For Oppenheimer, Bohr was not just a great pioneer in the quantum theory, he was like a father who helped and encouraged the young Oppenheimer during his student days in Europe. (According to American Prometheus—a magisterial biography of Oppenheimer—a friend of Oppenheimer’s once remarked that “Niels Bohr was God, and Oppie was his prophet.) Bohr organized his laboratory in Copenhagen as a kind of international research institution where many scientists gathered from different backgrounds.
Bohr recognized the nature of atomic energy earlier than anyone else, and his ideas formed the base of Oppenheimer’s plan for the international control of atomic energy. For example, both scientists insisted on the importance of securing international trust by providing open access to basic information in this field, and of heading off the fatal arms race by establishing an international agency which would control nuclear materials.
But at the same time, there were serious differences between them. Bohr tried to establish the international control of atomic energy before atomic bombs were made, but Oppenheimer could not propose the plan before dropping the bombs. I don’t intend to condemn Oppenheimer for this, for I know that he took responsibility for the completion (and therefore the use) of atomic bombs as the head of Los Alamos Scientific Laboratory. Nevertheless, I can’t stop thinking that the biggest weak point of Oppenheimer’s plan for the international control of the atomic energy may be at this singular time in history. I think that after using the devastating weapons, without revealing the nature of them in advance, it was very difficult to get cooperation from other nations, especially the USSR.
I want to depict another difference between Bohr and Oppenheimer. While Bohr was the authority in the academic world, at the Manhattan Project, he was just one more adviser. Bohr was not at the center of any organization of the Project. So, when Bohr wanted to present his plan on the international control of atomic energy, he had to directly approach Prime Minister Churchill and President Roosevelt. Although that direct appeal resulted in complete failure, we should not forget Bohr’s universal idea.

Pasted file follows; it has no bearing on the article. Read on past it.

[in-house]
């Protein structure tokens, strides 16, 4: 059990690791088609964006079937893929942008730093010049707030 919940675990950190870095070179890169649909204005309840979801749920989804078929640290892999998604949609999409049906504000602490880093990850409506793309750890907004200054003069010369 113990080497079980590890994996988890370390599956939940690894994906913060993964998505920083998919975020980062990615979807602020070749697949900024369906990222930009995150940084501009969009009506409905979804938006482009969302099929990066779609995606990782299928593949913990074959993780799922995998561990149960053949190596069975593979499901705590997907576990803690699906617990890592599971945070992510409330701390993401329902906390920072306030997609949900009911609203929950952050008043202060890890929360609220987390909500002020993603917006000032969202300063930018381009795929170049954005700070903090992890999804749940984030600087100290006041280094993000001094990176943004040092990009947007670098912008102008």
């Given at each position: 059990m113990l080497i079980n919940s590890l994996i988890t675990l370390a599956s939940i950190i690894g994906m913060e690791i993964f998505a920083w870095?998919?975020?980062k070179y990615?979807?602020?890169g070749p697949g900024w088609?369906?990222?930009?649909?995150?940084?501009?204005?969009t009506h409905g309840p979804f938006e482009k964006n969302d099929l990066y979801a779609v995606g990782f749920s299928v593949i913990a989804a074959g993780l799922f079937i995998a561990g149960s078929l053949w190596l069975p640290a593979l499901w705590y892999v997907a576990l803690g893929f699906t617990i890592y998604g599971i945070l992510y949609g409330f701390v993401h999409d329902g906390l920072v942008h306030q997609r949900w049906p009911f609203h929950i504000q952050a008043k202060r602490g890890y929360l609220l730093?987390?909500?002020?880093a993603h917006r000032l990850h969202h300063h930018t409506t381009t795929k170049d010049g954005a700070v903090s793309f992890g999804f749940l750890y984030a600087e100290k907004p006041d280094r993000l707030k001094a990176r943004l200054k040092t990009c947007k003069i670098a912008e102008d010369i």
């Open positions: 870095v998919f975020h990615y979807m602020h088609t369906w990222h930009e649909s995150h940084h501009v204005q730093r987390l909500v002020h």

As for Oppenheimer, he was a central figure during the war in the administration of American nuclear policy and he continued to play this critical role up until about 1954, when the trumped-up security hearings were held that brought about his downfall. The reason why the Acheson-Lilienthal Plan focused more on cooperation than the US formal plan on the international control of atomic energy (the Baruch Plan, which was characterized by its hostile expressions) was that Oppenenheimer realized that he might be sent to an international negotiation as the US representative.
It is easy to be cynical and say that such a negotiation was impossible because the Cold War had already started. But I think we must keep in mind that as one of the leading scientists who opened the door to the atomic age, Oppenheimer really did try to change “the peril” into “the hope.”
Oppenheimer and Szilard
Although both Oppenheimer and Szilard participated in the Manhattan Project and recognized the necessity for international control of atomic energy, they acted very differently. Some of the differences resemble those which existed between Oppenheimer and Bohr. But there was a much more striking difference between Oppenheimer and Szilard: the difference in the attitude toward the use of atomic bombs.
Oppenheimer supported dropping atomic bombs on large cities without warning.
Szilard was against using the atomic bombs and circulated a petition on that point among the Chicago scientist’s group. He also asked Teller to do the same in Los Alamos Laboratory, which was stopped by Oppenheimer.
It is well known among historians that Szilard was the real author of “the Einstein letter” addressed to FDR which started the development of the atomic bomb in the United States. Recognizing the terror of the situation if Hitler produced the atomic bomb first, Szilard successfully aroused the interest of the United States Government. His purpose was to make America be the leader of the atomic age and to prevent Hitler from possessing this weapon. So, after the surrender of Germany in May 1945 and the danger removed, Szilard wondered why they should continue to develop atomic bombs, and he began advocacy for his position again.
Szilard became one of the members who drafted “the Franck Report,” which proposed the necessity of early negotiations with USSR and presented the plan for the international control of atomic energy. To achieve future international control, the Franck Report concluded that using atomic bombs against Japan would not be desirable, for such usage would hinder any sense of international trust and cooperation which would be essential for international control. The Franck Report—which was addressed to US Secretary of War Henry Stimson—was not delivered to the Secretary. So, Szilard moved to more direct actions such as the petition mentioned above.